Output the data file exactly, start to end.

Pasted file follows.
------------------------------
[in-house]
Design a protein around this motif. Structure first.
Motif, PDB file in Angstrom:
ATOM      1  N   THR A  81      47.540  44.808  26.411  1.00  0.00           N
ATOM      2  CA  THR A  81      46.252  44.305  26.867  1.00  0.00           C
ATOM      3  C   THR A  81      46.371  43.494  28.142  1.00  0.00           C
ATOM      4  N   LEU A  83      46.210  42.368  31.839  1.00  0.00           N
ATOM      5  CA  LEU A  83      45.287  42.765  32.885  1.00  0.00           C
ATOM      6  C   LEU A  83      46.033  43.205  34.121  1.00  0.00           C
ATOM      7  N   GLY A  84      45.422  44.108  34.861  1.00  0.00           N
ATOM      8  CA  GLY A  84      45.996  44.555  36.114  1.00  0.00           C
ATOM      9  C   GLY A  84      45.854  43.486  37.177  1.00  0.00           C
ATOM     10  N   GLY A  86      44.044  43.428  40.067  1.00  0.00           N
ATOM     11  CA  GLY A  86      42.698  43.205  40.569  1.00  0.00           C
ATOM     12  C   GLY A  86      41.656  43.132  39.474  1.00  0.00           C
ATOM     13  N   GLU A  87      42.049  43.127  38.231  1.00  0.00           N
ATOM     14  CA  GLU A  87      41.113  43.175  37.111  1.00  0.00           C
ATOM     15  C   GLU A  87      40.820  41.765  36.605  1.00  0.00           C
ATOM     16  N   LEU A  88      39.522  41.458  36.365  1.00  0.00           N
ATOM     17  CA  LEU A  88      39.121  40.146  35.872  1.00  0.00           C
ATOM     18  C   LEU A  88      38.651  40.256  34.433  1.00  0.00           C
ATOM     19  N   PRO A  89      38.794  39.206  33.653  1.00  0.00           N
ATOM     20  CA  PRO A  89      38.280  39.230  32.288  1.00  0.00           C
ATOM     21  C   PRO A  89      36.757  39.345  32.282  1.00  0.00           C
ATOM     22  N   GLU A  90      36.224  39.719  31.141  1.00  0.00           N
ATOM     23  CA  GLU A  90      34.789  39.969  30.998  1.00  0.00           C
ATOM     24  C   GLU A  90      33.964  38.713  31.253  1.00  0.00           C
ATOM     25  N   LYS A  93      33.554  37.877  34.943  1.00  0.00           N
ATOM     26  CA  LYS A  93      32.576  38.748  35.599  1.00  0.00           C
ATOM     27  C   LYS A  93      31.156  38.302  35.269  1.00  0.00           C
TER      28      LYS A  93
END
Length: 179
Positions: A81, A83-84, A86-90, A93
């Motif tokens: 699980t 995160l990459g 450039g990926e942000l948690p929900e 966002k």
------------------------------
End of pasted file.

[in-house]
Design a protein around this motif. Structure first.
Motif, PDB file in Angstrom:
ATOM      1  N   THR A  81      47.540  44.808  26.411  1.00  0.00           N
ATOM      2  CA  THR A  81      46.252  44.305  26.867  1.00  0.00           C
ATOM      3  C   THR A  81      46.371  43.494  28.142  1.00  0.00           C
ATOM      4  N   LEU A  83      46.210  42.368  31.839  1.00  0.00           N
ATOM      5  CA  LEU A  83      45.287  42.765  32.885  1.00  0.00           C
ATOM      6  C   LEU A  83      46.033  43.205  34.121  1.00  0.00           C
ATOM      7  N   GLY A  84      45.422  44.108  34.861  1.00  0.00           N
ATOM      8  CA  GLY A  84      45.996  44.555  36.114  1.00  0.00           C
ATOM      9  C   GLY A  84      45.854  43.486  37.177  1.00  0.00           C
ATOM     10  N   GLY A  86      44.044  43.428  40.067  1.00  0.00           N
ATOM     11  CA  GLY A  86      42.698  43.205  40.569  1.00  0.00           C
ATOM     12  C   GLY A  86      41.656  43.132  39.474  1.00  0.00           C
ATOM     13  N   GLU A  87      42.049  43.127  38.231  1.00  0.00           N
ATOM     14  CA  GLU A  87      41.113  43.175  37.111  1.00  0.00           C
ATOM     15  C   GLU A  87      40.820  41.765  36.605  1.00  0.00           C
ATOM     16  N   LEU A  88      39.522  41.458  36.365  1.00  0.00           N
ATOM     17  CA  LEU A  88      39.121  40.146  35.872  1.00  0.00           C
ATOM     18  C   LEU A  88      38.651  40.256  34.433  1.00  0.00           C
ATOM     19  N   PRO A  89      38.794  39.206  33.653  1.00  0.00           N
ATOM     20  CA  PRO A  89      38.280  39.230  32.288  1.00  0.00           C
ATOM     21  C   PRO A  89      36.757  39.345  32.282  1.00  0.00           C
ATOM     22  N   GLU A  90      36.224  39.719  31.141  1.00  0.00           N
ATOM     23  CA  GLU A  90      34.789  39.969  30.998  1.00  0.00           C
ATOM     24  C   GLU A  90      33.964  38.713  31.253  1.00  0.00           C
ATOM     25  N   LYS A  93      33.554  37.877  34.943  1.00  0.00           N
ATOM     26  CA  LYS A  93      32.576  38.748  35.599  1.00  0.00           C
ATOM     27  C   LYS A  93      31.156  38.302  35.269  1.00  0.00           C
TER      28      LYS A  93
END
Length: 179
Positions: A81, A83-84, A86-90, A93
């Motif tokens: 699980t 995160l990459g 450039g990926e942000l948690p929900e 966002k």